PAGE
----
I love fantasy, and science fiction, and horror, which is why I get very nervous, sensitive, prickly, impatient, etc. when I get the feeling someone’s making fun of it.

During my time at Wizards of the Coast we were occasionally confronted with precisely this sentiment from D&D, Forgotten Realms, and Dragonlance fans. When we released books that had a “tongue-in-cheek” or worse, outright satirical take on any of those properties, boy did the fans push back, and ultimately, they were right. I feel the same way about the “silly episodes” of Star Trek (why did they do those in every series?) and no number of favorable reviews or heartfelt recommendations (okay, go ahead and post them in the comments here, it’s okay) of Terry Pratchett’s Discworld books have managed to coerce me to read one. I don’t want fantasy to be made fun of, because that means you’re making fun of me for liking it, for writing it, for helping other people write it . . . for my entire life and a solid decade and a half (at least) of my adult, professional life. Ridicule fantasy and you’re ridiculing what’s paying my daughter’s college tuition even as we speak. If fantasy is silly and only to be laughed at then the house I’m living in, down payment courtesy of R.A. Salvatore’s War of the Spider Queen Book V: Annihilation, is a 1700 square-foot joke.

See how defensive I get and how quickly I get there?

This weekend, again based on personal recommendations from friends whose opinions I respect (the best way to find anything good) and taunted by too-revealing commercials on Xfinity On Demand, I rented The Cabin in the Woods.

Here’s another thing you can flame out on me about: I’m not a big Joss Whedon fan. There. I said it.

That doesn’t mean I hate him or want to censor him, and I respect him as a successful creator, and I tried to like Buffy the Vampire Slayer, but I just couldn’t. There’s a lot I like about Alien: Resurrection, but it’s my least favorite of the four (seven if you count the two AVP movies and Prometheus, which I suppose I should, which would then make it my sixth favorite with the second AVP movie taking up the rear) . . . but I digress.

I think Joss Whedon has a great sense of humor, but a lot of Buffy came off as mocking to me, and that’s enough to knock me right out. I missed Firefly.

I know. Whatever.

Anyway, back to The Cabin in the Woods. SPOILER ALERT!

Look at this picture of a bunny and stop here if you haven’t seen The Cabin in the Woods yet.

No bunnies were harmed in the writing of this post.

Okay, now that we’re alone and can talk. Someone had already spoiled the ending of The Cabin in the Woods for me, at least in broad terms, assuming I’d seen it. So I knew it ended with the apocalypse, but otherwise I had no idea what to expect from it. Only after the fine folks at Xfinity started showing me scenes of the “puppet masters” did I even know it had that angle. Damn you, Xfinity. You couldn’t just show a picture of a bunny? It’s easy. The internet’s crawling with them. Here’s another one:

Who does this bunny work for, really?

The Cabin in the Woods, being more than a little tongue-in-cheek, and conceived and written by Joss Whedon, should be something I don’t like, even hate. But I freakin’ LOVED IT, and here’s why.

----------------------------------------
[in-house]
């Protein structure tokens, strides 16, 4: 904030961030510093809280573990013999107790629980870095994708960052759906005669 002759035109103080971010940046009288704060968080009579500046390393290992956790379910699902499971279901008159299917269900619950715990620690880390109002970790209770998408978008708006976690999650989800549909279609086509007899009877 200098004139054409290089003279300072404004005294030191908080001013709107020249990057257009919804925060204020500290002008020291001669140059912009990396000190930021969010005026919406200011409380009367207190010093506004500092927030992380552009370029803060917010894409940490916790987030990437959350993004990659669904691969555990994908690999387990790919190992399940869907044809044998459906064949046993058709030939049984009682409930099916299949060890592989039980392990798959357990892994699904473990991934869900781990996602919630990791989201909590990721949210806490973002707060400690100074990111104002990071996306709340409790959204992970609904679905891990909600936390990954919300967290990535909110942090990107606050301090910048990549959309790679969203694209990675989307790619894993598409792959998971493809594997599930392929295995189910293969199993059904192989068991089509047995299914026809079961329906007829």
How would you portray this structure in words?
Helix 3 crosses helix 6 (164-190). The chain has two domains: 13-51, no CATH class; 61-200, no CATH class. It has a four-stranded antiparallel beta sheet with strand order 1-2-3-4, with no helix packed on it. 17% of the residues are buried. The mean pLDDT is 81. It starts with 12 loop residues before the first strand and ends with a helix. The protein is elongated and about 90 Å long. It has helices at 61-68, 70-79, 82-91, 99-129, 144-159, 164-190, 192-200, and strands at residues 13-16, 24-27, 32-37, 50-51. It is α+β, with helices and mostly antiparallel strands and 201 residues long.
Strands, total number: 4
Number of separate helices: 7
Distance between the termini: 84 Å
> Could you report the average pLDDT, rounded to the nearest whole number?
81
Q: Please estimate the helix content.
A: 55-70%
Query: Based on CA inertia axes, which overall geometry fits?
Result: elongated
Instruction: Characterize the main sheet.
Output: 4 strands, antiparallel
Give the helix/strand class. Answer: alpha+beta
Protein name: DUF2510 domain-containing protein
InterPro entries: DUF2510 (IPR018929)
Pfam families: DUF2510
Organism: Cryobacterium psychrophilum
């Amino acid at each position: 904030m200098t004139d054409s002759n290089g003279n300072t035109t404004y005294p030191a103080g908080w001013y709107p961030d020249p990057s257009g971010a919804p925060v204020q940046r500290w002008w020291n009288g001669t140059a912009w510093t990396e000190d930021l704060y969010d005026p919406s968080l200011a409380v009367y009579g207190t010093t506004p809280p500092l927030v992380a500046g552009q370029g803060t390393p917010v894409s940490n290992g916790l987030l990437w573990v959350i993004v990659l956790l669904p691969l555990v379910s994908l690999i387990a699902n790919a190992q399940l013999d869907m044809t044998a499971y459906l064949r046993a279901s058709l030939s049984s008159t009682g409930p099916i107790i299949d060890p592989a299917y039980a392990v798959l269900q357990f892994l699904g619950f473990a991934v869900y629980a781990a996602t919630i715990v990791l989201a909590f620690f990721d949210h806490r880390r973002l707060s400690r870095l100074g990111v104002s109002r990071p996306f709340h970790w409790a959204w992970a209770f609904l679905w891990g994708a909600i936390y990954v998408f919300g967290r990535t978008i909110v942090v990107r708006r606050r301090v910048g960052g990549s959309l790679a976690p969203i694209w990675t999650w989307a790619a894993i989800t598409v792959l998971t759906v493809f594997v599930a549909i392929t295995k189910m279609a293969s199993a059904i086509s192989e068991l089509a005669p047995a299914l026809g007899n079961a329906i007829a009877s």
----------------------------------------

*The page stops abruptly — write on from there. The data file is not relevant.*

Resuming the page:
I’ll admit that I’m a little didactic on my whole funny fantasy (or SF or horror) is always bad, and in fact I don’t always feel that way. I love Mel Brooks’s Young Frankenstein, for instance, which I think is one of the funniest movies ever made. But it was made with a real love of the genre. You could see it in the perfect sets and the amazing care that was taken with the source material. I couldn’t say the same for his insulting and awful Space Balls, which, well, let’s not ever mention it again.

The Cabin in the Woods takes not just specific horror (and fantasy and SF) tropes and turns them on their ear, but as with Young Frankenstein, I didn’t get a sense that the filmmakers were trying to say “horror movies are stupid and if you like them you’re stupid, too” but spoke to real fans, like me, and said, “We’re not going to spoon feed this. You have to spot the callbacks to other movies and franchises. If you’re a horror movie fan you’re ‘in the know’ and we love you for it enough to make your experience of the move richer than people who didn’t get the Hellraiser, Exorcist, etc. references.”

You’re speaking to me like a fan, like a member of the club.

I’m in.

That scene where the last two sacrificial victims release all the assorted horrors was amazing fun. That thing that attacked them in the little control room, was that a wyvern? I saw it as a wyvern, straight out of D&D. The Hellraiser guy was the most obvious, but I’ll be watching this one again—I’ve actually already watched it twice, once with my wife and again with my son and his friend from next door—to pick out more.

The nugget of advice: If you’re dead-set on inserting an inside joke into your narrative, make damn sure your core audience will actually get it, and appreciate it.

Though I will continue to caution authors to tread lightly with outright comedy or “spoofs” in genre fiction, maybe it’s time for me to unclench a little at least in the hope of finding more gems like The Cabin in the Woods or Young Frankenstein. Still, I will not defend Once Around the Realms.


—Philip Athans





About Philip Athans

Philip Athans is the New York Times best-selling author of Annihilation and a dozen other books including The Guide to Writing Fantasy and Science Fiction, and Writing Monsters. His blog, Fantasy Author’s Handbook, ( is updated every Tuesday, and you can follow him on Twitter @PhilAthans.
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